[NetBehaviour] Marching Plague: Germ Warfare and Global Public Health.

marc marc.garrett at furtherfield.org
Mon Nov 6 11:54:40 CET 2006

Marching Plague, The sixth Critical Art Ensemble book offers a radical 
reframing of the rhetoric surrounding germ warfare.

Author: Critical Art Ensemble
Publisher: Autonomedia, 2006.

Marching Plague, the long-awaited new book from Critical Art Ensemble, 
examines the scientific evidence and the rhetoric surrounding biological 
warfare, particularly the development of anthrax and other bio-weapons, 
and makes a strong case against the likelihood of such weapons ever 
being used in a terrorist situation. Studying the history and science of 
such weapons, they conclude that for reasons of accuracy and potency, 
biological weapons lack the efficiency required to produce the 
widespread devastation typically associated with bioterrorism.

Why the public urgency around biowarfare, then, and why the channeling 
of enormous resources into research and development of tools to counter 
an imaginary threat? This is the real focus of Marching Plague: the 
deconstruction of an exceedingly complex political economy of fear, 
primarily supporting biowartech development and the militarization of 
the public sphere. The book addresses the following questions:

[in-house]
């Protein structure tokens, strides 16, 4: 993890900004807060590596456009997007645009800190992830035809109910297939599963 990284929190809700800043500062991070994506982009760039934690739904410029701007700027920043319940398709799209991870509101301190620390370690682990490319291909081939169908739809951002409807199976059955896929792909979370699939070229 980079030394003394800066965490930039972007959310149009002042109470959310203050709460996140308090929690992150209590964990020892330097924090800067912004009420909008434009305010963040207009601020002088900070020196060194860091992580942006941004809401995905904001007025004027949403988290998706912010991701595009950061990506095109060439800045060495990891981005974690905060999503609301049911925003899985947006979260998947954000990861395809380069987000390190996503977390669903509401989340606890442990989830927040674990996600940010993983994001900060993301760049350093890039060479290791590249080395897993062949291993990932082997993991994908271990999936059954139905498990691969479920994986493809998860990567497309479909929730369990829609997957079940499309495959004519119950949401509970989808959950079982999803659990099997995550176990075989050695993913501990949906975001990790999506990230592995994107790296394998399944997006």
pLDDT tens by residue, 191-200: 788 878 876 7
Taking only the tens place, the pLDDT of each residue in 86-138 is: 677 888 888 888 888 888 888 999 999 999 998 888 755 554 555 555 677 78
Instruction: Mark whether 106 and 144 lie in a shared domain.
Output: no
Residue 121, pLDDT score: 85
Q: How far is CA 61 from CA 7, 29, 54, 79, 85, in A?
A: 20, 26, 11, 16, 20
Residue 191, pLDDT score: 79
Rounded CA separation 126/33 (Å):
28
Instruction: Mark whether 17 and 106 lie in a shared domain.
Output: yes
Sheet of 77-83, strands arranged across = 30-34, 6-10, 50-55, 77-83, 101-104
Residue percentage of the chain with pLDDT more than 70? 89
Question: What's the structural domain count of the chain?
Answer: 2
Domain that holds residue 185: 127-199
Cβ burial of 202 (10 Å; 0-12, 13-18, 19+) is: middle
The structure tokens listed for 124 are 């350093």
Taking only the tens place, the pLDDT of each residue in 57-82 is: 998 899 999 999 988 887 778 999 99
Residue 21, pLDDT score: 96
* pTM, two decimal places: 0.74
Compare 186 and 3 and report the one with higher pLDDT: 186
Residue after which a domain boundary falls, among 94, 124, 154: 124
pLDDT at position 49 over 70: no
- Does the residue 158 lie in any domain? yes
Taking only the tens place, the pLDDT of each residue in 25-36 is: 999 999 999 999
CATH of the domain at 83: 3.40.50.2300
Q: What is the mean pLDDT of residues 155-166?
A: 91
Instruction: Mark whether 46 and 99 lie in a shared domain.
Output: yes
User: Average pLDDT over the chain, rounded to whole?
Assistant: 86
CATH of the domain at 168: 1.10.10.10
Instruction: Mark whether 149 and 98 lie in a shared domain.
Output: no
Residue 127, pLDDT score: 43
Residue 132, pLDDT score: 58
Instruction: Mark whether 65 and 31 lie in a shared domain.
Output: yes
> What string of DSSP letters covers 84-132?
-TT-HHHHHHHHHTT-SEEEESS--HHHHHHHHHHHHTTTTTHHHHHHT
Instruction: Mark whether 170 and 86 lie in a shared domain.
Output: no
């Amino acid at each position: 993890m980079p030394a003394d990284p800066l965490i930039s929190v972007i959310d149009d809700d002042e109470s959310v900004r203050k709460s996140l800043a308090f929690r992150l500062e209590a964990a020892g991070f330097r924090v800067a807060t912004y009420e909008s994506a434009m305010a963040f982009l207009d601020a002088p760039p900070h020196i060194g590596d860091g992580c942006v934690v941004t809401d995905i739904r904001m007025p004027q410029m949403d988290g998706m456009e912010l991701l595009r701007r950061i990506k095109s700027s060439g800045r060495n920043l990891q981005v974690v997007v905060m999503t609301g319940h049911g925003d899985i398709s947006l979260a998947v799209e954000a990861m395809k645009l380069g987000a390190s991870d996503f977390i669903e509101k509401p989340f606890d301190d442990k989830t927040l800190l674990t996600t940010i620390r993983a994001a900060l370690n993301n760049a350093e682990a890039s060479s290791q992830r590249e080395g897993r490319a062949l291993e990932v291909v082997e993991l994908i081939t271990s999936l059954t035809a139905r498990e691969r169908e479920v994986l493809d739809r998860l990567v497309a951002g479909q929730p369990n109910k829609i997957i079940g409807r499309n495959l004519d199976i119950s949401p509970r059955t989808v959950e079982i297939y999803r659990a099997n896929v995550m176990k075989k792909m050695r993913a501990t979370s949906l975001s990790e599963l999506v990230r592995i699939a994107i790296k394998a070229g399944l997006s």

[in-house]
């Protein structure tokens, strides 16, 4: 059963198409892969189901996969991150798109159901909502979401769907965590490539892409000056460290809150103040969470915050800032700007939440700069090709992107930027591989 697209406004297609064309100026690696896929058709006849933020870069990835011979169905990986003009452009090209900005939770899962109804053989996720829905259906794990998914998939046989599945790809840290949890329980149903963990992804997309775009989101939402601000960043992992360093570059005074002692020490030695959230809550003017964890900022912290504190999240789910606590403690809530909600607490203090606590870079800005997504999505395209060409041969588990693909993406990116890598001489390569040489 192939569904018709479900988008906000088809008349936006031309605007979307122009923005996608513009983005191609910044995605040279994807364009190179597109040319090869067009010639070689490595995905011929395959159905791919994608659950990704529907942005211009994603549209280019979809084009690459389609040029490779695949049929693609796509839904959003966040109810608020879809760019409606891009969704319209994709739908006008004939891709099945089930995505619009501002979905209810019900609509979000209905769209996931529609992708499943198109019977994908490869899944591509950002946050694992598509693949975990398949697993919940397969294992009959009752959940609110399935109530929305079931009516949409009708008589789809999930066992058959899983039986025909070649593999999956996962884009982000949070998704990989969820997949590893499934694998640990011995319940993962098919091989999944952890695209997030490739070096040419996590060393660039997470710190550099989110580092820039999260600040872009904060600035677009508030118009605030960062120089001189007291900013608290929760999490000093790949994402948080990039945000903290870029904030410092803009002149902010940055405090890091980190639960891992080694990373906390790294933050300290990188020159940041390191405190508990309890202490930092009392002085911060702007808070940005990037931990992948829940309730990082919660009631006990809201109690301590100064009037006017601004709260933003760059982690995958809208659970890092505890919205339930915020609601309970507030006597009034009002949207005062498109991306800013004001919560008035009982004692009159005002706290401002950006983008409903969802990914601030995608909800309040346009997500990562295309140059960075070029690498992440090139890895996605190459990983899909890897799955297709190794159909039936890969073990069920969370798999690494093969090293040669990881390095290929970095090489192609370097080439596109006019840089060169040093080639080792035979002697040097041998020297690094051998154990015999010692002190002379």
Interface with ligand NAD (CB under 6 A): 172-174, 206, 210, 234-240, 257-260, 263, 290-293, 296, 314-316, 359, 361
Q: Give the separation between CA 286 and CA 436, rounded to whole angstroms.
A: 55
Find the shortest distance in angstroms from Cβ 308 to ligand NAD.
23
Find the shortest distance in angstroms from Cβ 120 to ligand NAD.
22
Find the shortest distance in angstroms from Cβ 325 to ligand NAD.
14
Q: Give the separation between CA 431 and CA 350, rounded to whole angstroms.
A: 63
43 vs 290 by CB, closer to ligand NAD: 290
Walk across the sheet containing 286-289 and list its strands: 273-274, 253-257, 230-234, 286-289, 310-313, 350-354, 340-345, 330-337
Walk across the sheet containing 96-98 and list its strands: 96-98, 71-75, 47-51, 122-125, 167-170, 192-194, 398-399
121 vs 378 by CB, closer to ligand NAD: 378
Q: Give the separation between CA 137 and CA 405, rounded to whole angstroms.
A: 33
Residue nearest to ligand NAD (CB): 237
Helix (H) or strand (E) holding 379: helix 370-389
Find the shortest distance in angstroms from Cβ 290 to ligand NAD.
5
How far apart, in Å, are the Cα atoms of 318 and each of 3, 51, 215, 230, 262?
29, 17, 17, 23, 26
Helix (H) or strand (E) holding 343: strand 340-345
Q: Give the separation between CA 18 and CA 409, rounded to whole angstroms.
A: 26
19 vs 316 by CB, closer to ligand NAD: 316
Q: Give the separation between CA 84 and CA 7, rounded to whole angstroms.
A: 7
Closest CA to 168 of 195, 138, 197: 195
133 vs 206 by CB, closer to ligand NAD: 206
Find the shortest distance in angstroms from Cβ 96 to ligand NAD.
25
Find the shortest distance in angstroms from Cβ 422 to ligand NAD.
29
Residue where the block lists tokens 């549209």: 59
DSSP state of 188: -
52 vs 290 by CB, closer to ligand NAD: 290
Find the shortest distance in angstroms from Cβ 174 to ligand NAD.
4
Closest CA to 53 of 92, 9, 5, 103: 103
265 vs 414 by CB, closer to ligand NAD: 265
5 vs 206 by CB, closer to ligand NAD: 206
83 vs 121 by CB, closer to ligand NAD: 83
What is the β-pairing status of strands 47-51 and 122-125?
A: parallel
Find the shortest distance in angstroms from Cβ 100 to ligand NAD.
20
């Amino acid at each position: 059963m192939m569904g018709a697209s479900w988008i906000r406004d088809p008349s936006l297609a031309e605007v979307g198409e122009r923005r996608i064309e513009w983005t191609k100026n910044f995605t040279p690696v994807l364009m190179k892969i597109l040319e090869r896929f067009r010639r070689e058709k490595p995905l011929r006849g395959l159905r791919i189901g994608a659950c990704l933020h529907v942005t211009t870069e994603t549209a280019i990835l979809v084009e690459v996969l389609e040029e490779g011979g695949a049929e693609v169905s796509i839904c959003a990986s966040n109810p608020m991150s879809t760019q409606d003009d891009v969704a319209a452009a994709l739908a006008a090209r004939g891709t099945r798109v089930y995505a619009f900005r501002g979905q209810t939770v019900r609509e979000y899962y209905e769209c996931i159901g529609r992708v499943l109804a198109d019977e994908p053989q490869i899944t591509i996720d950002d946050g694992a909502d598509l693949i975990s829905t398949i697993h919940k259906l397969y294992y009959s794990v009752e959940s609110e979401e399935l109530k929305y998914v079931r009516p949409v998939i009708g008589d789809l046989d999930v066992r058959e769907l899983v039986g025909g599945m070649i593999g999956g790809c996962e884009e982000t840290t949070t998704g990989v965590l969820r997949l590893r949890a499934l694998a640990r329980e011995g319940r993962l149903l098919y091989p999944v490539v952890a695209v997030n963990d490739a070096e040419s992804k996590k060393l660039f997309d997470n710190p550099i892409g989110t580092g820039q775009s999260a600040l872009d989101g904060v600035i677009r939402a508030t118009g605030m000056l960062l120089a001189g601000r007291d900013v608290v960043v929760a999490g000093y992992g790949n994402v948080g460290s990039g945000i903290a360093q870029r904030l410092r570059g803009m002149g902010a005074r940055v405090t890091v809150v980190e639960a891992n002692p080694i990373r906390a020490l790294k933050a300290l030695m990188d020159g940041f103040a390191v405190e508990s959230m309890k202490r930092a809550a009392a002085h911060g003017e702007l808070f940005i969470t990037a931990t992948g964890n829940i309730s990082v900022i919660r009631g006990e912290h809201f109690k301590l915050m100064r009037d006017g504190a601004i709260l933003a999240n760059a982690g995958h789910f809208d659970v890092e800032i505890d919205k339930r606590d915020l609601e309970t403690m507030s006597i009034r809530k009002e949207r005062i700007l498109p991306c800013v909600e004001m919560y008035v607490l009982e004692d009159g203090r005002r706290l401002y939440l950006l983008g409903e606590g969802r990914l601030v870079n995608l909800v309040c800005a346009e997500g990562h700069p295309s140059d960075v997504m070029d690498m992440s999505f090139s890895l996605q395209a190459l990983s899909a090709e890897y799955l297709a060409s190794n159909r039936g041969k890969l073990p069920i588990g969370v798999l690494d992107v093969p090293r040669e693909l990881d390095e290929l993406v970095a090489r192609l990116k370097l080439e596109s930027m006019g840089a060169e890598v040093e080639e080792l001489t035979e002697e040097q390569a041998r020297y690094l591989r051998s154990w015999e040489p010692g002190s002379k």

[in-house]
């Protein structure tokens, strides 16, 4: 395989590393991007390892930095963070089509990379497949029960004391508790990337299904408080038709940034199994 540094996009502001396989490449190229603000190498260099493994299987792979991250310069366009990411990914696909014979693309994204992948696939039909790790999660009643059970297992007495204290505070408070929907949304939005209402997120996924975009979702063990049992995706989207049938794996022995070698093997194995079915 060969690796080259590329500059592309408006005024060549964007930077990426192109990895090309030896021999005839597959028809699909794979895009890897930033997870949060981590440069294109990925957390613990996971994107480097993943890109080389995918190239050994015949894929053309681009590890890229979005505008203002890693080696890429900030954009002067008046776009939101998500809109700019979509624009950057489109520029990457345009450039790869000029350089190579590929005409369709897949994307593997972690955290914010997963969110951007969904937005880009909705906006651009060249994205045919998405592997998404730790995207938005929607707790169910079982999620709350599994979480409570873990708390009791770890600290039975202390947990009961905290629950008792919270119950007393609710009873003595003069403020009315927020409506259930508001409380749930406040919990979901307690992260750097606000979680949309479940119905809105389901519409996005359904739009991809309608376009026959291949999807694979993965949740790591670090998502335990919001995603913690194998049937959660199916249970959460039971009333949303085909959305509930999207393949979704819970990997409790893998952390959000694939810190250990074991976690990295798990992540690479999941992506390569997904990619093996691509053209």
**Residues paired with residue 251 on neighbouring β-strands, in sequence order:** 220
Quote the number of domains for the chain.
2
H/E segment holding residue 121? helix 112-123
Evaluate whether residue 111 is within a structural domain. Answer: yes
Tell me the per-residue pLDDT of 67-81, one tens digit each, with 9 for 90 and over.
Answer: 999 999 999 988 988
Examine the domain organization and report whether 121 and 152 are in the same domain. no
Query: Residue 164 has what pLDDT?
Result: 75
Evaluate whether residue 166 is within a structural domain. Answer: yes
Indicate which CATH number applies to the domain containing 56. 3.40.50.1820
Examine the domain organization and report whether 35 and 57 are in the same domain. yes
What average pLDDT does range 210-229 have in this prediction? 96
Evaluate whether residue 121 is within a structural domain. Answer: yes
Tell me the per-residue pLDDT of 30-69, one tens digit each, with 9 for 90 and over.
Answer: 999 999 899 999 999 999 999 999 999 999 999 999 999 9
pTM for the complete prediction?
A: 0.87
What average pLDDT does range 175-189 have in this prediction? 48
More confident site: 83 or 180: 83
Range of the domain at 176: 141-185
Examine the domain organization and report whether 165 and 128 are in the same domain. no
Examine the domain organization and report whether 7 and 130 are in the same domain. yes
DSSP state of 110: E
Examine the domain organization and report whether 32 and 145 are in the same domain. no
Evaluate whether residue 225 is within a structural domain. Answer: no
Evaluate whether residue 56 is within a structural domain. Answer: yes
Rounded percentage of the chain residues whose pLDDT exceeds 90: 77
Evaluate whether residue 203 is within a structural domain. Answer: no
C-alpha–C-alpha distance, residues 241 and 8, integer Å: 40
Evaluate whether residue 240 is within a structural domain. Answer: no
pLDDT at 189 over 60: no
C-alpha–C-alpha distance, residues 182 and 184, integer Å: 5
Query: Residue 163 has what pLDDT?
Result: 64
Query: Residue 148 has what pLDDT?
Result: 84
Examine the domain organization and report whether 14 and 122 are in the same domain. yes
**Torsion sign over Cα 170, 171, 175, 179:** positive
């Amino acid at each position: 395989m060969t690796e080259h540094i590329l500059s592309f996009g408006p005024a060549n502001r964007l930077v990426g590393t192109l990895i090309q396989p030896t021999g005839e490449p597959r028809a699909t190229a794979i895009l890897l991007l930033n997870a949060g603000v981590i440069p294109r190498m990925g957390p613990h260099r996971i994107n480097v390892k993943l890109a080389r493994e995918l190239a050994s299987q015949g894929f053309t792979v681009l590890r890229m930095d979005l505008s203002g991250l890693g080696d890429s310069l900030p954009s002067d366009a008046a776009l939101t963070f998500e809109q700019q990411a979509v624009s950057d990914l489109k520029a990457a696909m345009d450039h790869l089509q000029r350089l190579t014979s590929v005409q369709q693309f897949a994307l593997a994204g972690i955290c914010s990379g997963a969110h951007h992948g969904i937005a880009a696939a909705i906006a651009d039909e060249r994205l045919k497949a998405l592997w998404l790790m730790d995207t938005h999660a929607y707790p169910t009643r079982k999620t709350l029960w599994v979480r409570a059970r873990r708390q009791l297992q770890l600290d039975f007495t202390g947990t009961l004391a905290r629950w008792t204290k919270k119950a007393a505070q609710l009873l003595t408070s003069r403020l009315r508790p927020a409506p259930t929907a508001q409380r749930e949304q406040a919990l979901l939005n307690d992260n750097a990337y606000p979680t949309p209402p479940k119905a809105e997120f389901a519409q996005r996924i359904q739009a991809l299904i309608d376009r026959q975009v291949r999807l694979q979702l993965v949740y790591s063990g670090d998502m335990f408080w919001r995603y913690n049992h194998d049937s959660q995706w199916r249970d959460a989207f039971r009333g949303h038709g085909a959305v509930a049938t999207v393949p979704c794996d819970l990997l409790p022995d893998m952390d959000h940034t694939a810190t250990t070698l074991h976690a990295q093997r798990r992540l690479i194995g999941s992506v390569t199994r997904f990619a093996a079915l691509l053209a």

* Why is bioterrorism a failed military strategy?
* Why is it all but useless to terrorists?
* How have preparedness efforts been detrimental to public health policy?
* What institutions benefit from the cultivation of biofear?
* Why does the diplomatic community fail to confront this problem?

The book concludes with a brief examination of the actual crisis in 
global public health, arguing for the redirection of health research 
away from the military, and promoting a number of strategies for 
civilian-based preparedness and education.

The conditions from which Marching Plague emerged are nothing short of 
bizarre. Originally scheduled to appear in 2004, the manuscript was in 
the possession of Steve Kurtz—one of the text's collective authors—when 
he came under the intense scrutiny of the Justice Department and the FBI 
for suspected biological terror crimes. Made paranoid by their own 
rhetoric, the Feds failed to tell the difference between an art piece 
scheduled for installation at the Massachusetts Museum of Contemporary 
Art and something more nefarious. Kurtz' house was sealed off, his 
research was taken (including the manuscript and his computers), and his 
colleagues and publisher were subpoenaed, all for some trumped-up 
charges of mail fraud. Two appendices in the book comment on the 
political ramifications of Kurtz' trial, and what it means for the 
culture of dissent in a time of authoritarian political life.


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